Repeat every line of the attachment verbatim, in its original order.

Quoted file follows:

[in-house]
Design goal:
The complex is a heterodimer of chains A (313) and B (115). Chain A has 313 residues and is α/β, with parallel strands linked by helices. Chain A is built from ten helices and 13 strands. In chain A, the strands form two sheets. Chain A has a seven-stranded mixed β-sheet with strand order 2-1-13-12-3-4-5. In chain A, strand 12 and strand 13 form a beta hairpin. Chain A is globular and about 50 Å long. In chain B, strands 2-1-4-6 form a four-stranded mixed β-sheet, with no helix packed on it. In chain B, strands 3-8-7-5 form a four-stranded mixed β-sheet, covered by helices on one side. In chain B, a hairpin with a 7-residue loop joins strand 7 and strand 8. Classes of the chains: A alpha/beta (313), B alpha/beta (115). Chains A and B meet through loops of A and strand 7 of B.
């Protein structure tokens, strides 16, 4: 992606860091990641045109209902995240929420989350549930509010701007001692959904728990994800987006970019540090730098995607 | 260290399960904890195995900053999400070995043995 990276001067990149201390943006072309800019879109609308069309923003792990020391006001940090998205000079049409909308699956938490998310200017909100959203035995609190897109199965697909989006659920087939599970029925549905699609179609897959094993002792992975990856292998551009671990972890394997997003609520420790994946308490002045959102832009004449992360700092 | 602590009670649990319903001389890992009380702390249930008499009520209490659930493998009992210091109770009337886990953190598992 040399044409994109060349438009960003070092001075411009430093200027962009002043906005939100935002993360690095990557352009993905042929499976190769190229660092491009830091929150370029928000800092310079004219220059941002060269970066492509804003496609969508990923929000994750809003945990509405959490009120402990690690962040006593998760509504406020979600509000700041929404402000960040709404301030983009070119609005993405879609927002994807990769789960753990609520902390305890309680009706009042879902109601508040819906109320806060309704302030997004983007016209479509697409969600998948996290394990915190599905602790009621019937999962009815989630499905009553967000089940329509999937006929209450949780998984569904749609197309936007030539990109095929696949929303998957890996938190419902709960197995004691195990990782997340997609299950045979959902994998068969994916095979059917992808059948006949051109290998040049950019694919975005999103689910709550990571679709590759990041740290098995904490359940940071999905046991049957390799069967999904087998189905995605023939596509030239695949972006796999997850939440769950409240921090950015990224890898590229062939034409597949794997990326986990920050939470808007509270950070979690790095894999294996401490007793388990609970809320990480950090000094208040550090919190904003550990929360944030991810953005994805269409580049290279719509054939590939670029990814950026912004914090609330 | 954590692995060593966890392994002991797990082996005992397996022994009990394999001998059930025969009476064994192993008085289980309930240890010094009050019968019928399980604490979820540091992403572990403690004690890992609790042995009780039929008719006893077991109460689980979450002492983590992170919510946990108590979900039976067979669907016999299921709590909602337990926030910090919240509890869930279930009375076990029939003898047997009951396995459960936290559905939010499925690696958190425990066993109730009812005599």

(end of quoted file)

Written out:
[in-house]
Design goal:
The complex is a heterodimer of chains A (313) and B (115). Chain A has 313 residues and is α/β, with parallel strands linked by helices. Chain A is built from ten helices and 13 strands. In chain A, the strands form two sheets. Chain A has a seven-stranded mixed β-sheet with strand order 2-1-13-12-3-4-5. In chain A, strand 12 and strand 13 form a beta hairpin. Chain A is globular and about 50 Å long. In chain B, strands 2-1-4-6 form a four-stranded mixed β-sheet, with no helix packed on it. In chain B, strands 3-8-7-5 form a four-stranded mixed β-sheet, covered by helices on one side. In chain B, a hairpin with a 7-residue loop joins strand 7 and strand 8. Classes of the chains: A alpha/beta (313), B alpha/beta (115). Chains A and B meet through loops of A and strand 7 of B.
């Protein structure tokens, strides 16, 4: 992606860091990641045109209902995240929420989350549930509010701007001692959904728990994800987006970019540090730098995607 | 260290399960904890195995900053999400070995043995 990276001067990149201390943006072309800019879109609308069309923003792990020391006001940090998205000079049409909308699956938490998310200017909100959203035995609190897109199965697909989006659920087939599970029925549905699609179609897959094993002792992975990856292998551009671990972890394997997003609520420790994946308490002045959102832009004449992360700092 | 602590009670649990319903001389890992009380702390249930008499009520209490659930493998009992210091109770009337886990953190598992 040399044409994109060349438009960003070092001075411009430093200027962009002043906005939100935002993360690095990557352009993905042929499976190769190229660092491009830091929150370029928000800092310079004219220059941002060269970066492509804003496609969508990923929000994750809003945990509405959490009120402990690690962040006593998760509504406020979600509000700041929404402000960040709404301030983009070119609005993405879609927002994807990769789960753990609520902390305890309680009706009042879902109601508040819906109320806060309704302030997004983007016209479509697409969600998948996290394990915190599905602790009621019937999962009815989630499905009553967000089940329509999937006929209450949780998984569904749609197309936007030539990109095929696949929303998957890996938190419902709960197995004691195990990782997340997609299950045979959902994998068969994916095979059917992808059948006949051109290998040049950019694919975005999103689910709550990571679709590759990041740290098995904490359940940071999905046991049957390799069967999904087998189905995605023939596509030239695949972006796999997850939440769950409240921090950015990224890898590229062939034409597949794997990326986990920050939470808007509270950070979690790095894999294996401490007793388990609970809320990480950090000094208040550090919190904003550990929360944030991810953005994805269409580049290279719509054939590939670029990814950026912004914090609330 | 954590692995060593966890392994002991797990082996005992397996022994009990394999001998059930025969009476064994192993008085289980309930240890010094009050019968019928399980604490979820540091992403572990403690004690890992609790042995009780039929008719006893077991109460689980979450002492983590992170919510946990108590979900039976067979669907016999299921709590909602337990926030910090919240509890869930279930009375076990029939003898047997009951396995459960936290559905939010499925690696958190425990066993109730009812005599």